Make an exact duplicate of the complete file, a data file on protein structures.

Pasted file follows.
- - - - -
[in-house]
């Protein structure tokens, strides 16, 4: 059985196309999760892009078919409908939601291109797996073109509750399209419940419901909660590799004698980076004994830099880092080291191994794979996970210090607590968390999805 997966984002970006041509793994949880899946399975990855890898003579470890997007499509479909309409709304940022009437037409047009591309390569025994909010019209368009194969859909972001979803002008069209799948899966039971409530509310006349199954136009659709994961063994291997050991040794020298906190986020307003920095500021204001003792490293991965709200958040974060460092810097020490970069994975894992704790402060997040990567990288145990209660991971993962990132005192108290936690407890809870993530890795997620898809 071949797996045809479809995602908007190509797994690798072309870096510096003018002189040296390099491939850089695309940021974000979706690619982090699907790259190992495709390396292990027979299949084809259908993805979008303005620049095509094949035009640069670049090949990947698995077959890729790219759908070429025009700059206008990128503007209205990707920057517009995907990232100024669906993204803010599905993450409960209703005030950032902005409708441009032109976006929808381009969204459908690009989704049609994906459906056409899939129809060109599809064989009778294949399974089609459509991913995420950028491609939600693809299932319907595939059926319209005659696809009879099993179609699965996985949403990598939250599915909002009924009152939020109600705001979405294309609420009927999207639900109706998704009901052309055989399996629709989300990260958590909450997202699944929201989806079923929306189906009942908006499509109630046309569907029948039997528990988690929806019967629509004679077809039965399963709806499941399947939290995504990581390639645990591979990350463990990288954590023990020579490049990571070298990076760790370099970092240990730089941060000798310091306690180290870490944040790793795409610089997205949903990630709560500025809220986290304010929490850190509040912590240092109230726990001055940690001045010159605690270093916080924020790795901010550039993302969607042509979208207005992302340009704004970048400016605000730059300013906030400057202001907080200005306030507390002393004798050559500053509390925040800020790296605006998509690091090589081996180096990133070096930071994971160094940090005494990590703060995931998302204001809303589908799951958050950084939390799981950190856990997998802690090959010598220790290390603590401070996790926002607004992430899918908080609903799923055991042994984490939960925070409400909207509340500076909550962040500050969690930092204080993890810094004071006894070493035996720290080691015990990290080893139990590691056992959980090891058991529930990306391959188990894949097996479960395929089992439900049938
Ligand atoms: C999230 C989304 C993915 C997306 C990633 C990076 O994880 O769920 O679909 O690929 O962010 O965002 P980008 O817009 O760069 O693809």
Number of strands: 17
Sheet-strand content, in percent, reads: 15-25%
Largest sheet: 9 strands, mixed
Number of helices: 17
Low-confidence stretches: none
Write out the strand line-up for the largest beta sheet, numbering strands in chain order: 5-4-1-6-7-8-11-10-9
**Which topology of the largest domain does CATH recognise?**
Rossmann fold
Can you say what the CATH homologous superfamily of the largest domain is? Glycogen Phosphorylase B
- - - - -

[in-house]
């Protein structure tokens, strides 16, 4: 059985196309999760892009078919409908939601291109797996073109509750399209419940419901909660590799004698980076004994830099880092080291191994794979996970210090607590968390999805 997966984002970006041509793994949880899946399975990855890898003579470890997007499509479909309409709304940022009437037409047009591309390569025994909010019209368009194969859909972001979803002008069209799948899966039971409530509310006349199954136009659709994961063994291997050991040794020298906190986020307003920095500021204001003792490293991965709200958040974060460092810097020490970069994975894992704790402060997040990567990288145990209660991971993962990132005192108290936690407890809870993530890795997620898809 071949797996045809479809995602908007190509797994690798072309870096510096003018002189040296390099491939850089695309940021974000979706690619982090699907790259190992495709390396292990027979299949084809259908993805979008303005620049095509094949035009640069670049090949990947698995077959890729790219759908070429025009700059206008990128503007209205990707920057517009995907990232100024669906993204803010599905993450409960209703005030950032902005409708441009032109976006929808381009969204459908690009989704049609994906459906056409899939129809060109599809064989009778294949399974089609459509991913995420950028491609939600693809299932319907595939059926319209005659696809009879099993179609699965996985949403990598939250599915909002009924009152939020109600705001979405294309609420009927999207639900109706998704009901052309055989399996629709989300990260958590909450997202699944929201989806079923929306189906009942908006499509109630046309569907029948039997528990988690929806019967629509004679077809039965399963709806499941399947939290995504990581390639645990591979990350463990990288954590023990020579490049990571070298990076760790370099970092240990730089941060000798310091306690180290870490944040790793795409610089997205949903990630709560500025809220986290304010929490850190509040912590240092109230726990001055940690001045010159605690270093916080924020790795901010550039993302969607042509979208207005992302340009704004970048400016605000730059300013906030400057202001907080200005306030507390002393004798050559500053509390925040800020790296605006998509690091090589081996180096990133070096930071994971160094940090005494990590703060995931998302204001809303589908799951958050950084939390799981950190856990997998802690090959010598220790290390603590401070996790926002607004992430899918908080609903799923055991042994984490939960925070409400909207509340500076909550962040500050969690930092204080993890810094004071006894070493035996720290080691015990990290080893139990590691056992959980090891058991529930990306391959188990894949097996479960395929089992439900049938
Ligand atoms: C999230 C989304 C993915 C997306 C990633 C990076 O994880 O769920 O679909 O690929 O962010 O965002 P980008 O817009 O760069 O693809």
Number of strands: 17
Sheet-strand content, in percent, reads: 15-25%
Largest sheet: 9 strands, mixed
Number of helices: 17
Low-confidence stretches: none
Write out the strand line-up for the largest beta sheet, numbering strands in chain order: 5-4-1-6-7-8-11-10-9
**Which topology of the largest domain does CATH recognise?**
Rossmann fold
Can you say what the CATH homologous superfamily of the largest domain is? Glycogen Phosphorylase B